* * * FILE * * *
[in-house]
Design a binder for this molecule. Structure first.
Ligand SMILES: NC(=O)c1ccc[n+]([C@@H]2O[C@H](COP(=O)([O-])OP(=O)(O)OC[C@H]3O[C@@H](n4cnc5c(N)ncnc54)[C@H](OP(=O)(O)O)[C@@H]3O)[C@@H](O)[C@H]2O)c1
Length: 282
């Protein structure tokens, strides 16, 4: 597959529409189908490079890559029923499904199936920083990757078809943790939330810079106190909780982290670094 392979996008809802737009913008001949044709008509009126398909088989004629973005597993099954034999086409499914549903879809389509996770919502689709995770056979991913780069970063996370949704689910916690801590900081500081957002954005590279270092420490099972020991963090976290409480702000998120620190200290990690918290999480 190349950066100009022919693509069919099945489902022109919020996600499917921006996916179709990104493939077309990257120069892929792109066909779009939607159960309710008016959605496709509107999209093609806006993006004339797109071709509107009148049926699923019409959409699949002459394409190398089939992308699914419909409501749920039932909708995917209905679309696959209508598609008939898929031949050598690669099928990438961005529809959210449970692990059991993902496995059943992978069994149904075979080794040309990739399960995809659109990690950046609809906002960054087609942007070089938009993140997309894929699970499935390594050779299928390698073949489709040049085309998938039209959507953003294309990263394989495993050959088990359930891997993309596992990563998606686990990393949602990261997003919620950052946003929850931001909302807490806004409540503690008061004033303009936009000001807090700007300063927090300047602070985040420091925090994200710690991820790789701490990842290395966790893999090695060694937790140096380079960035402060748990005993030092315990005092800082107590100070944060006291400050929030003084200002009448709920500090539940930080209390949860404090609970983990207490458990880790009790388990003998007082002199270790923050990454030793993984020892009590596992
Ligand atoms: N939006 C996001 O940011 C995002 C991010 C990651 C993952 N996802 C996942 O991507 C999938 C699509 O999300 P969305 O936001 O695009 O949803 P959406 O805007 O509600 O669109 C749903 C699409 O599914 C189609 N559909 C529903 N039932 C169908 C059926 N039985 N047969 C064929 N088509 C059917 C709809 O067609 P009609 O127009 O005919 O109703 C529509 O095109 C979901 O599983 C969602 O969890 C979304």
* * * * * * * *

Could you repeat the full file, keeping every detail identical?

[in-house]
Design a binder for this molecule. Structure first.
Ligand SMILES: NC(=O)c1ccc[n+]([C@@H]2O[C@H](COP(=O)([O-])OP(=O)(O)OC[C@H]3O[C@@H](n4cnc5c(N)ncnc54)[C@H](OP(=O)(O)O)[C@@H]3O)[C@@H](O)[C@H]2O)c1
Length: 282
């Protein structure tokens, strides 16, 4: 597959529409189908490079890559029923499904199936920083990757078809943790939330810079106190909780982290670094 392979996008809802737009913008001949044709008509009126398909088989004629973005597993099954034999086409499914549903879809389509996770919502689709995770056979991913780069970063996370949704689910916690801590900081500081957002954005590279270092420490099972020991963090976290409480702000998120620190200290990690918290999480 190349950066100009022919693509069919099945489902022109919020996600499917921006996916179709990104493939077309990257120069892929792109066909779009939607159960309710008016959605496709509107999209093609806006993006004339797109071709509107009148049926699923019409959409699949002459394409190398089939992308699914419909409501749920039932909708995917209905679309696959209508598609008939898929031949050598690669099928990438961005529809959210449970692990059991993902496995059943992978069994149904075979080794040309990739399960995809659109990690950046609809906002960054087609942007070089938009993140997309894929699970499935390594050779299928390698073949489709040049085309998938039209959507953003294309990263394989495993050959088990359930891997993309596992990563998606686990990393949602990261997003919620950052946003929850931001909302807490806004409540503690008061004033303009936009000001807090700007300063927090300047602070985040420091925090994200710690991820790789701490990842290395966790893999090695060694937790140096380079960035402060748990005993030092315990005092800082107590100070944060006291400050929030003084200002009448709920500090539940930080209390949860404090609970983990207490458990880790009790388990003998007082002199270790923050990454030793993984020892009590596992
Ligand atoms: N939006 C996001 O940011 C995002 C991010 C990651 C993952 N996802 C996942 O991507 C999938 C699509 O999300 P969305 O936001 O695009 O949803 P959406 O805007 O509600 O669109 C749903 C699409 O599914 C189609 N559909 C529903 N039932 C169908 C059926 N039985 N047969 C064929 N088509 C059917 C709809 O067609 P009609 O127009 O005919 O109703 C529509 O095109 C979901 O599983 C969602 O969890 C979304």